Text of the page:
23rd Annual Genetics Day
University of Rochester Medical Center
Friday, May 6, 2011
9th Annual Fred Sherman Lecture, Dr.
Keith R. Yamamoto
"Transcriptional Regulation by Steroids:
Signal Integration and Gene Networks"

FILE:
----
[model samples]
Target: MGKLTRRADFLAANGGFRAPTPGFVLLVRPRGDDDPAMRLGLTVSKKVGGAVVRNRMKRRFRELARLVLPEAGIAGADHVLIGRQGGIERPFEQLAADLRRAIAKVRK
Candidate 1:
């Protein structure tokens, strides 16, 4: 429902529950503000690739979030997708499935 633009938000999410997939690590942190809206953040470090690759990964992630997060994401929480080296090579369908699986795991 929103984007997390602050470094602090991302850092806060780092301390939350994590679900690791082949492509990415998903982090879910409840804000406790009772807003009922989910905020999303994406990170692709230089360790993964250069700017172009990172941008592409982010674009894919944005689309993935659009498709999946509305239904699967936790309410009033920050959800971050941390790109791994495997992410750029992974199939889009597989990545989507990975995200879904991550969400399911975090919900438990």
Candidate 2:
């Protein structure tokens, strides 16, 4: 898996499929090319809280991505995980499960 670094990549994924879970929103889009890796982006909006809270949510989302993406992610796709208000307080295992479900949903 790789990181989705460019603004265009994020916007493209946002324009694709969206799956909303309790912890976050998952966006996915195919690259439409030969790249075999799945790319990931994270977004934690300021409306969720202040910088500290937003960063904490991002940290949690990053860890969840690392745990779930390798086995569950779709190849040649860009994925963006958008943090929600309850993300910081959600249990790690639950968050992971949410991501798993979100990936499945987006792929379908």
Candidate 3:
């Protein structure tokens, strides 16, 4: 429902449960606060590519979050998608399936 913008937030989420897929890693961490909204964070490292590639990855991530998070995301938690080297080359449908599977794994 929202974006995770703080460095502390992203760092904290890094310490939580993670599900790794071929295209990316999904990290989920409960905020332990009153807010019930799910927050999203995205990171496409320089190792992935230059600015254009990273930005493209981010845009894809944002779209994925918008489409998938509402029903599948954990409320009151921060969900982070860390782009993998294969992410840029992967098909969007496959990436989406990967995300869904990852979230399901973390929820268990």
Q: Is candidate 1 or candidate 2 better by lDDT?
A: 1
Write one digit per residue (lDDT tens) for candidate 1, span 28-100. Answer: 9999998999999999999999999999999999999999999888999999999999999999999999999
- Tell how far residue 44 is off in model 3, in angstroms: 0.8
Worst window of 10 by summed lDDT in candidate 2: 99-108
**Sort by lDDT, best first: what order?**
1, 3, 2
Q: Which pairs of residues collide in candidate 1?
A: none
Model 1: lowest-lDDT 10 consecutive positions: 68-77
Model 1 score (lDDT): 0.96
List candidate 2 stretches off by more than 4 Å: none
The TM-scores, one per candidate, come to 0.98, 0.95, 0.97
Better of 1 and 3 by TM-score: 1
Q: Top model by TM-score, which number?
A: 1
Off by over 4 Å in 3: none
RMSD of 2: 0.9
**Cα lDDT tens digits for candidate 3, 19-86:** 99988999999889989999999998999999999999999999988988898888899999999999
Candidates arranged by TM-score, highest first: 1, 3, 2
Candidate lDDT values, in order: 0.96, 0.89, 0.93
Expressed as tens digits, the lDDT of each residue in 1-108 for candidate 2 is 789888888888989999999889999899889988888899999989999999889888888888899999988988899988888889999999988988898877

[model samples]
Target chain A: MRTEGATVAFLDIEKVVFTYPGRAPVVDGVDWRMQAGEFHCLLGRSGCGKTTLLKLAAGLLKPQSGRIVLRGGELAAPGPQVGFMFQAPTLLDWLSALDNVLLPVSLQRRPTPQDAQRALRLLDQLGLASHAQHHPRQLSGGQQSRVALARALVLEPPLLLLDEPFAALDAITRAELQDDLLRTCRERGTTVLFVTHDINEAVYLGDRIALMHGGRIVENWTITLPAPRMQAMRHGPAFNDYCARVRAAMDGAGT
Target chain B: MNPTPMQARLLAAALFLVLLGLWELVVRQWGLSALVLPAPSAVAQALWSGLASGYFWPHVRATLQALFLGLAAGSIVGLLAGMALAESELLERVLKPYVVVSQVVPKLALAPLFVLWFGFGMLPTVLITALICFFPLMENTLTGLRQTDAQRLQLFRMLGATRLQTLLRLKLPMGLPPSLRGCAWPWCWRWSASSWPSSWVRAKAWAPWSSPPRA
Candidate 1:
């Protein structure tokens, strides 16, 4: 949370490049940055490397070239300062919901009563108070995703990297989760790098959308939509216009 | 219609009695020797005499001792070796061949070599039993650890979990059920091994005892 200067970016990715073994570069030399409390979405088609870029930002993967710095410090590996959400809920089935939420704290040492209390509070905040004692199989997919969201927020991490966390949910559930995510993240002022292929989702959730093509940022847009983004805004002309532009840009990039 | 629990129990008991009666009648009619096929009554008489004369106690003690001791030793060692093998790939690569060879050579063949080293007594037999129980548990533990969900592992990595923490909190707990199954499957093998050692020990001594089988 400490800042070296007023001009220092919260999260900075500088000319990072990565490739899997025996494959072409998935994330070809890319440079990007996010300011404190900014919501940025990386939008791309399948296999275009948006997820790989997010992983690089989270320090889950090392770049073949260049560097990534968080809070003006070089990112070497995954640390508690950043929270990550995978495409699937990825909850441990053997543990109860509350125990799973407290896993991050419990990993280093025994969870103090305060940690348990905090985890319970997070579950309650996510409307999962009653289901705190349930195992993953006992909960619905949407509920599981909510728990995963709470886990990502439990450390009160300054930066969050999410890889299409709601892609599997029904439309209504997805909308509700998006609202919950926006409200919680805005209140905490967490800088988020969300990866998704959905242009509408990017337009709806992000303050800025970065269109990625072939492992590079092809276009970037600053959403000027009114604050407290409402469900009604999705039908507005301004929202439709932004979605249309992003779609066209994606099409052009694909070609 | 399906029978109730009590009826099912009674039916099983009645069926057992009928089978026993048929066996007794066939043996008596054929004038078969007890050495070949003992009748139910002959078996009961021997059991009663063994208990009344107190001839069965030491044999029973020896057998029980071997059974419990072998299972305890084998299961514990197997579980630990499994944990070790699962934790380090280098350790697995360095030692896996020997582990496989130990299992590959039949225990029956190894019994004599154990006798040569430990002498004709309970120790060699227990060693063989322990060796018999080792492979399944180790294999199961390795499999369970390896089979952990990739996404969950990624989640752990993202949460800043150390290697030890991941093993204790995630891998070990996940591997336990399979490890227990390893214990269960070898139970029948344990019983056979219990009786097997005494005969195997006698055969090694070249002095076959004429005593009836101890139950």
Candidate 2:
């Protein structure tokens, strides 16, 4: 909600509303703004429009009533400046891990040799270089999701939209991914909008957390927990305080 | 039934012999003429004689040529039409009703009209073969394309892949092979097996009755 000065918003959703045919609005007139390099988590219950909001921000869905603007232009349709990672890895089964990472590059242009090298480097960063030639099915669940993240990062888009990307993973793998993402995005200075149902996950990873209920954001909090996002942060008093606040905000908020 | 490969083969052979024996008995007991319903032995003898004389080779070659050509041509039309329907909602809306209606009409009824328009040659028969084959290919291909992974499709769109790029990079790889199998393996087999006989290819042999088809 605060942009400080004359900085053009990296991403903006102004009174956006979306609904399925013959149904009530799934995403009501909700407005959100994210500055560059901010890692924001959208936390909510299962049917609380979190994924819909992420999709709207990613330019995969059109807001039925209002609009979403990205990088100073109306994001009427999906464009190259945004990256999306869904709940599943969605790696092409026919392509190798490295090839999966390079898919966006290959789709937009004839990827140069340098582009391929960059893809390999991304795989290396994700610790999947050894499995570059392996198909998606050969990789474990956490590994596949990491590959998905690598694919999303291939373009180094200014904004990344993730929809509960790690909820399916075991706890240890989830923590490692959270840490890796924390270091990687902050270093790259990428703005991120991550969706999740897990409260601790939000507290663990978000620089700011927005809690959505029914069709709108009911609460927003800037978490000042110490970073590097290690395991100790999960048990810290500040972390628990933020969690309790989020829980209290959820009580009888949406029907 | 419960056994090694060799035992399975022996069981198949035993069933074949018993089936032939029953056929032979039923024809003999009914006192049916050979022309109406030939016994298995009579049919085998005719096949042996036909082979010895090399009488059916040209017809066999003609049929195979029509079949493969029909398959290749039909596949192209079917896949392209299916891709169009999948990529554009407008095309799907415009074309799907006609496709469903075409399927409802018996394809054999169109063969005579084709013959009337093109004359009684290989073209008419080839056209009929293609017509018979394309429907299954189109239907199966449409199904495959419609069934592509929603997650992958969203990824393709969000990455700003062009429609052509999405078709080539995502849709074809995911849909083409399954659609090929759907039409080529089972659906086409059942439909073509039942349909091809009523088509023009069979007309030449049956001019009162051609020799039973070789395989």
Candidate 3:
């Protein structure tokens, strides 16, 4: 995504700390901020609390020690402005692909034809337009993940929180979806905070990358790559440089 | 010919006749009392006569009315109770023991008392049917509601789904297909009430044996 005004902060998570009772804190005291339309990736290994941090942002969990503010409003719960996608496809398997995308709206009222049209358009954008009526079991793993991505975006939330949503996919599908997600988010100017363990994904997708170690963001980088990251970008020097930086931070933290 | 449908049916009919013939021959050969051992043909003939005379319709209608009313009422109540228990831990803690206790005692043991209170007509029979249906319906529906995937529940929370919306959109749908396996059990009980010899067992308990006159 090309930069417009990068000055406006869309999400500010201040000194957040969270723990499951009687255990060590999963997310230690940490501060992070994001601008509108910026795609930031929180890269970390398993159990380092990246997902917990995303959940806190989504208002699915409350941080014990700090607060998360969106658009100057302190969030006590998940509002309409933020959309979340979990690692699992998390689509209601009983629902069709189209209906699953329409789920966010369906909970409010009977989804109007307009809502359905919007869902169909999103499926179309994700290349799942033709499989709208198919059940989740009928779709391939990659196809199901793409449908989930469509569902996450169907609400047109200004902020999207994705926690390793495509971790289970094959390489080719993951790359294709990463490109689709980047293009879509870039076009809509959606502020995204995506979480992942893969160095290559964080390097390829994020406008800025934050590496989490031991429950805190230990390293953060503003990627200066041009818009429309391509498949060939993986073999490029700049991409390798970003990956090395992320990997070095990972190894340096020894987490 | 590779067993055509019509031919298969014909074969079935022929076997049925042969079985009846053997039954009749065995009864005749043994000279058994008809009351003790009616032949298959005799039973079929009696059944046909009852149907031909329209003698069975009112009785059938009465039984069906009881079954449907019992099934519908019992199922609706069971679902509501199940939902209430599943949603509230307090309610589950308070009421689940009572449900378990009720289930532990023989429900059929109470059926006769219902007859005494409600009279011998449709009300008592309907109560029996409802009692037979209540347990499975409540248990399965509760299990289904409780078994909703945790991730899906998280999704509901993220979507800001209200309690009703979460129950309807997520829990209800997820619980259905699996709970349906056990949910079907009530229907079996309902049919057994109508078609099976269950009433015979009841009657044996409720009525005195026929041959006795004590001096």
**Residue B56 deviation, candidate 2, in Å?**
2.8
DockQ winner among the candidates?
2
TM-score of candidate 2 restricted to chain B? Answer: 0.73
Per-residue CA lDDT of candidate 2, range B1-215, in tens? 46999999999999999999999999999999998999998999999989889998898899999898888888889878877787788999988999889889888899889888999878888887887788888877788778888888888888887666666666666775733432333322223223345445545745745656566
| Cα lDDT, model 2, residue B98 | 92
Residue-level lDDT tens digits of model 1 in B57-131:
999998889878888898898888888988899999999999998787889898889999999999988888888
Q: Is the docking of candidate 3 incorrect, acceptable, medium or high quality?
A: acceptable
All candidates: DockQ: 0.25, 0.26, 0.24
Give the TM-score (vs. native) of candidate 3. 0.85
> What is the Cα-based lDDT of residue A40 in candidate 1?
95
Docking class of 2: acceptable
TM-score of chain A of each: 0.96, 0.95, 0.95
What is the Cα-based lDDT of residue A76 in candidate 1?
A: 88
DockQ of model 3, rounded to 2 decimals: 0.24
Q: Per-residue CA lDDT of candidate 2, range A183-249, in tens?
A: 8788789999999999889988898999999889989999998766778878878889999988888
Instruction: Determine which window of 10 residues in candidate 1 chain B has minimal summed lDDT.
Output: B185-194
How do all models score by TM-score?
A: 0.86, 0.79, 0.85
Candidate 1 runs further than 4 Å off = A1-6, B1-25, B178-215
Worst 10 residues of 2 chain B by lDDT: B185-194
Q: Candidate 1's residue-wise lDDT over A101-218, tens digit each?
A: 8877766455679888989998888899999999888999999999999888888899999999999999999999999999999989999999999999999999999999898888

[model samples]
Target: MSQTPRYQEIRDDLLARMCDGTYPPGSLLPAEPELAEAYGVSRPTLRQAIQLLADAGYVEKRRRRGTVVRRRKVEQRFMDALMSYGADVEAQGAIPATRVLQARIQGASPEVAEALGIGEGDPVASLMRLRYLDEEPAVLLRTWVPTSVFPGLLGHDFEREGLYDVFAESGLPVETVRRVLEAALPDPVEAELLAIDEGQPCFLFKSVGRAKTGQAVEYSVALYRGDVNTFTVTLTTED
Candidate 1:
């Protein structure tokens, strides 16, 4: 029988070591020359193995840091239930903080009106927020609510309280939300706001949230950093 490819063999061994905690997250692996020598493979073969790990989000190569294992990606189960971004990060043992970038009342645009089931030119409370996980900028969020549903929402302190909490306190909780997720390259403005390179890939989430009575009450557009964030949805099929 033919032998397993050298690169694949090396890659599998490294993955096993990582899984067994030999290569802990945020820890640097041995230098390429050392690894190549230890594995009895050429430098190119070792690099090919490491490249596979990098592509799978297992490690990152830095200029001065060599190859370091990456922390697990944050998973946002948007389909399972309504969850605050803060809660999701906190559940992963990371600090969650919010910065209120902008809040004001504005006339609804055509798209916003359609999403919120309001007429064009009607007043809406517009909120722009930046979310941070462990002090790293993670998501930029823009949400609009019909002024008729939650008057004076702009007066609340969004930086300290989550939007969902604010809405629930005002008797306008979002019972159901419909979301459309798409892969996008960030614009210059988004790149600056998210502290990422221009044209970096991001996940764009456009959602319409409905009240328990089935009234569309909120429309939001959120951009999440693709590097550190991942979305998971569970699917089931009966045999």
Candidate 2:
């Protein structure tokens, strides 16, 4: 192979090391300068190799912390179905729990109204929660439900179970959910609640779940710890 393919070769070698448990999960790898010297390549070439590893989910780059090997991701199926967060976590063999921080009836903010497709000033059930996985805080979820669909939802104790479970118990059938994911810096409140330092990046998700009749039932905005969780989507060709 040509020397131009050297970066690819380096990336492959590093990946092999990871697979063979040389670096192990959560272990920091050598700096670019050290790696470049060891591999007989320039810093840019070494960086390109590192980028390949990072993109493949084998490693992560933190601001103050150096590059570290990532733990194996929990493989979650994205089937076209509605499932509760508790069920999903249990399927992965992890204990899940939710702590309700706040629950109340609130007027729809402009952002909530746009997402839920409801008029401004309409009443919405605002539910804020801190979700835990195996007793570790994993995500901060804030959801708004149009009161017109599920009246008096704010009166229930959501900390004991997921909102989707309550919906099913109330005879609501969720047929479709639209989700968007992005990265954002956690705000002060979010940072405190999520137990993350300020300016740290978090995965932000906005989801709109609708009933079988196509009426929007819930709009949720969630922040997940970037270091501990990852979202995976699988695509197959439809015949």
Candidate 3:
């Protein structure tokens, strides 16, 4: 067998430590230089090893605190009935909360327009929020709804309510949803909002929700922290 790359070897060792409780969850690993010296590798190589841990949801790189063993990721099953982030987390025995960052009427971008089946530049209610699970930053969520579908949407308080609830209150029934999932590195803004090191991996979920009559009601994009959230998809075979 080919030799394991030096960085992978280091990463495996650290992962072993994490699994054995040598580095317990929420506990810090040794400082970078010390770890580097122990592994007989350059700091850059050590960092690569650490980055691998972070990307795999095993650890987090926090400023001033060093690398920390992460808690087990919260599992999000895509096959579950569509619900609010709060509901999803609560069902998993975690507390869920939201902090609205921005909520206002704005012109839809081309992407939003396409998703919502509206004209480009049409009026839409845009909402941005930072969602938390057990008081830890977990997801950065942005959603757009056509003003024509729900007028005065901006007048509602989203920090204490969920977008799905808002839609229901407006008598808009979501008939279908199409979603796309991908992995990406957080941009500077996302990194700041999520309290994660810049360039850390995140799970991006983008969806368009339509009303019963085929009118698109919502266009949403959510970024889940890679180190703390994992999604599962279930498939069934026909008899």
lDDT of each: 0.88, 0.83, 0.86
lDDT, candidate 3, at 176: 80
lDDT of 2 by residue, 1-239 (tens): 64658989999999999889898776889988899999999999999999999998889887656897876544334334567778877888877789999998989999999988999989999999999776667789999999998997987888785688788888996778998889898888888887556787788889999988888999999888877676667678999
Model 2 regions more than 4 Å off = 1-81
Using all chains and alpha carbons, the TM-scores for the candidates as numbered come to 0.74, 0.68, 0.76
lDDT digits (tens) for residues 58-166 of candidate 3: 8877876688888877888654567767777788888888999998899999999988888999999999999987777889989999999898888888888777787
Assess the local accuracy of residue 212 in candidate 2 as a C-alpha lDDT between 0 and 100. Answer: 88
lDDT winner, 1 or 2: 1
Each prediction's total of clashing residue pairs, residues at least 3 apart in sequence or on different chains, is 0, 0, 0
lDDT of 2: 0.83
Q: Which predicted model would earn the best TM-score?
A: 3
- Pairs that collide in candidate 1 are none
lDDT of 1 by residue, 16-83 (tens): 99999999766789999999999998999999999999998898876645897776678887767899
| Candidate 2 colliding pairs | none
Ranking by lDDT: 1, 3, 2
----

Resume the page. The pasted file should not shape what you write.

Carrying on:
Abstract: What mechanisms govern transcriptional regulation in metazoans, where a single regulatory factor can control distinct gene networks in different tissues, in different developmental phases, in different physiological or pathological settings? The remarkable cell- and gene-specificity of transcriptional regulation by steroid hormone receptors such as the glucocorticoid receptor (GR) reflect their capacity to integrate the effects of multiple signals, including hormones, high-affinity DNA binding sequences, cellular cofactors and covalent modifications. Allosteric transitions-- conformational changes transduced through receptors from “signal reception surfaces” to “signal effector surfaces”— appear to impart regulatory specificity. Thus, small chemical variations in hormonal ligands can specify the selectivity of GR:GRE occupancy, or modulate the regulatory activity of a GR:GRE complex. Similarly, 15 bp GR binding sequences (GBSs) differing by as little as a single base pair differentially affect GR conformation and regulatory activity. Using structural, molecular, bioinformatic and genetic analyses, we have identified GBS-specific conformational shifts in GR that are likely responsible in part for differences in the composition and function of regulatory complexes whose assembly is nucleated upon the GR:GRE interaction. DNA-driven protein allostery is a one mechanism by which transcriptional regulatory factors tailor their activities at specific target genes, thus producing distinct networks of regulated genes.